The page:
By: Chris Penrose, OSU Extension
Originally posted in the CORN Newsletter.
I hope you do not have the hay season I am having. While the quality of my hay is good, my yields are incredibly disappointing. With over half of my fields made, I am around 50% of the usual crop. The two late freezes killed back growing grass last month, and honestly, I am mowing hay earlier than most years. I am also doing it much faster with my youngest son not working this summer at the Wilmington College farm due to the virus and helping on the farm. Another thing I have noticed over the past few years is that some hay fields have less fescue and orchard grass and more poor quality forage like cheatgrass reducing quality and yields.
If it looks like hay is going to be short this year, here are a few thoughts for the short term and the long term.
- First, is there a hay you can make from some property not too far from where you live? Sometimes owners may let fields be made at a reasonable price if they are faced with having to pay someone to mow it for them just to maintain open space.
- Will your fields benefit from fertilizer and lime? Applications made soon can respond this season, providing more hay.
- Do you have some unproductive cattle that can be marketed?
- Have you ever considered planting some warm-season annuals like millet, sorghum or sudangrass? They can provide a lot of tonnage until frost.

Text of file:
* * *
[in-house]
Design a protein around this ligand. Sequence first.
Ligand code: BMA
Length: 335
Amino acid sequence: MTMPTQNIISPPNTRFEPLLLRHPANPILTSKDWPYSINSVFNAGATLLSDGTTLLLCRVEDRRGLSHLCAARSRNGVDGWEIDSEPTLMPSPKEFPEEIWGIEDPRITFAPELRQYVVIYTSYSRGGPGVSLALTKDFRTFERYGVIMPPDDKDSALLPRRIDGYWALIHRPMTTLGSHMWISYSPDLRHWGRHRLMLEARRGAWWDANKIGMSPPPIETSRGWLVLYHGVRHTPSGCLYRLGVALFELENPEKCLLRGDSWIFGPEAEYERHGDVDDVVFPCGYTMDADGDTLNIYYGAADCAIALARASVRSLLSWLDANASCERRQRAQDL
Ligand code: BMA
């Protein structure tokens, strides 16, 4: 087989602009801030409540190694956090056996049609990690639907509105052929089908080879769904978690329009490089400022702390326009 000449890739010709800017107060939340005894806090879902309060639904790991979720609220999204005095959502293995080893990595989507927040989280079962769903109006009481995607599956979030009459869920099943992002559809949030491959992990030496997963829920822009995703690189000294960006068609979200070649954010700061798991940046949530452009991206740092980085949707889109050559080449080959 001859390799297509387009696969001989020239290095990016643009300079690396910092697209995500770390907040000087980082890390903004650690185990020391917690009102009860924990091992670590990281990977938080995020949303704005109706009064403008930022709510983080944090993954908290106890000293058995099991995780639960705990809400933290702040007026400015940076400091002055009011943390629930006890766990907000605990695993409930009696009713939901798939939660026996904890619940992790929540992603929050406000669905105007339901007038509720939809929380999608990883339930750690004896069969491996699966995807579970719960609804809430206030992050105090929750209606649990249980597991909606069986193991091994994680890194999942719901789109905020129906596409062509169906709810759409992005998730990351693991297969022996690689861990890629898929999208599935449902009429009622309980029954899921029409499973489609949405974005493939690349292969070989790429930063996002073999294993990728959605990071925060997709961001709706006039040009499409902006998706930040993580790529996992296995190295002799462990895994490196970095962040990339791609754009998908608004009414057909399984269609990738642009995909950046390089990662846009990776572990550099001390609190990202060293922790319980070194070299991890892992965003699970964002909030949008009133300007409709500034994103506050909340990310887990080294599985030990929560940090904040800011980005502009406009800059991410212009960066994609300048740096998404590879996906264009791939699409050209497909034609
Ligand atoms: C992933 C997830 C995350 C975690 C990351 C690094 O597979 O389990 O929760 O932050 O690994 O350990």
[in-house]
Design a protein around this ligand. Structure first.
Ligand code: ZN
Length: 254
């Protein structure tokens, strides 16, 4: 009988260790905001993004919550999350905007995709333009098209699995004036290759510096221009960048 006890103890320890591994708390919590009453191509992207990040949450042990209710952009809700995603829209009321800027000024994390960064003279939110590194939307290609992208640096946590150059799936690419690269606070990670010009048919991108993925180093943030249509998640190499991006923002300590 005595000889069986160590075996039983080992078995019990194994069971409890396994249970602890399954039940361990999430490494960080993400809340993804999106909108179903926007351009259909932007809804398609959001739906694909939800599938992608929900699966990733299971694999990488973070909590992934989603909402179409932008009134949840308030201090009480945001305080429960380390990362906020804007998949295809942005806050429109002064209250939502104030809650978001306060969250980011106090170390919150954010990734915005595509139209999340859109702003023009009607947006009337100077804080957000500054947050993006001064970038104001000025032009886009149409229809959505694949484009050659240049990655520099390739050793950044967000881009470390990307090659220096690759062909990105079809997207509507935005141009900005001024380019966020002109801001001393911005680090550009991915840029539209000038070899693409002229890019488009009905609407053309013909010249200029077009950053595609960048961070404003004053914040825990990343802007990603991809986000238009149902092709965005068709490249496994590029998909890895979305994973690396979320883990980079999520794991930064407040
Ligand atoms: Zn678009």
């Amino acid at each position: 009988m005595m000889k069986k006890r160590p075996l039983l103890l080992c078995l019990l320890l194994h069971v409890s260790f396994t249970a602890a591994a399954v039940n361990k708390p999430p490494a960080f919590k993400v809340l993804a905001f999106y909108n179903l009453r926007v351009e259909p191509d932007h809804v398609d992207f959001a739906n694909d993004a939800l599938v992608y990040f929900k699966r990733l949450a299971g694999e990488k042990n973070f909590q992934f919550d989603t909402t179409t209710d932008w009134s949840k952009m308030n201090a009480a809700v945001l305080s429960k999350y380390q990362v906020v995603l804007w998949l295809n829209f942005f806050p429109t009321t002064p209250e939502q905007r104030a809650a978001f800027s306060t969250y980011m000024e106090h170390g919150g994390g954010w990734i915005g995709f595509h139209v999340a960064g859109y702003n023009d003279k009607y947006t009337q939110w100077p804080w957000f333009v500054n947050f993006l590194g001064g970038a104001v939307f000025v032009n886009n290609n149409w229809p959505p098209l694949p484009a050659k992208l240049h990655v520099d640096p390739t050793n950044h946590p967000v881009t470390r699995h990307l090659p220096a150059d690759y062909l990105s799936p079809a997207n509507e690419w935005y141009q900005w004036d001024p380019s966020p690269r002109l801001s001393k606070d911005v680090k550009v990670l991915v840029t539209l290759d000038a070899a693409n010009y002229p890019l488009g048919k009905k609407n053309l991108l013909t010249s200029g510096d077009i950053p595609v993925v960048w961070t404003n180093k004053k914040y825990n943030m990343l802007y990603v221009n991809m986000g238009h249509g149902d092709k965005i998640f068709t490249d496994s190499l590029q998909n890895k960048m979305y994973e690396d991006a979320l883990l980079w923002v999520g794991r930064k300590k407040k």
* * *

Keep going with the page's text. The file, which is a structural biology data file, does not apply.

In the next month or two, you can plan for ways to extend the grazing season by stockpiling cool-season grass. We know that adding nitrogen (I recommend 50# N/Acre) will increase yields.
Brassicas, such as turnips planted in July, can provide 10,000 pounds of dry matter in 90 days. Cereal rye and oats or a combination of small grains and brassicas are options as well.
If you have access to corn stalks this fall, that is a great option. If you have cornfields, I have seen success flying on small grains and/or brassicas in the late summer, providing a great mixture of corn stalks and annuals to graze in the fall.
Finally, shelled corn can be fed this winter to stretch hay supplies if needed.
In the long term, consider improving fertility, then re-seeding fields with improved varieties of grasses and legumes if you have unimproved hay fields. It pays to use top-quality seed, especially when you factor in the total cost to re-seed then how many years you should have the crop. You should have better yield and quality. You can seed in late summer (I recommend August) or in the spring. Late summer seedings typically have fewer weed problems, but if you have a lot of deer in your area, their grazing pressure can put severe stress on the crop during the late fall and winter.
The good news is that the remaining hayfields on my farm are in much better shape, and with some fertilizer in the next week or two, we should have a good second cutting and eventually grow enough feed for the cattle we keep this winter. We are still in early June, and if we figure out our best options now and take action, we will have less of a chance of a shortage of feed this winter.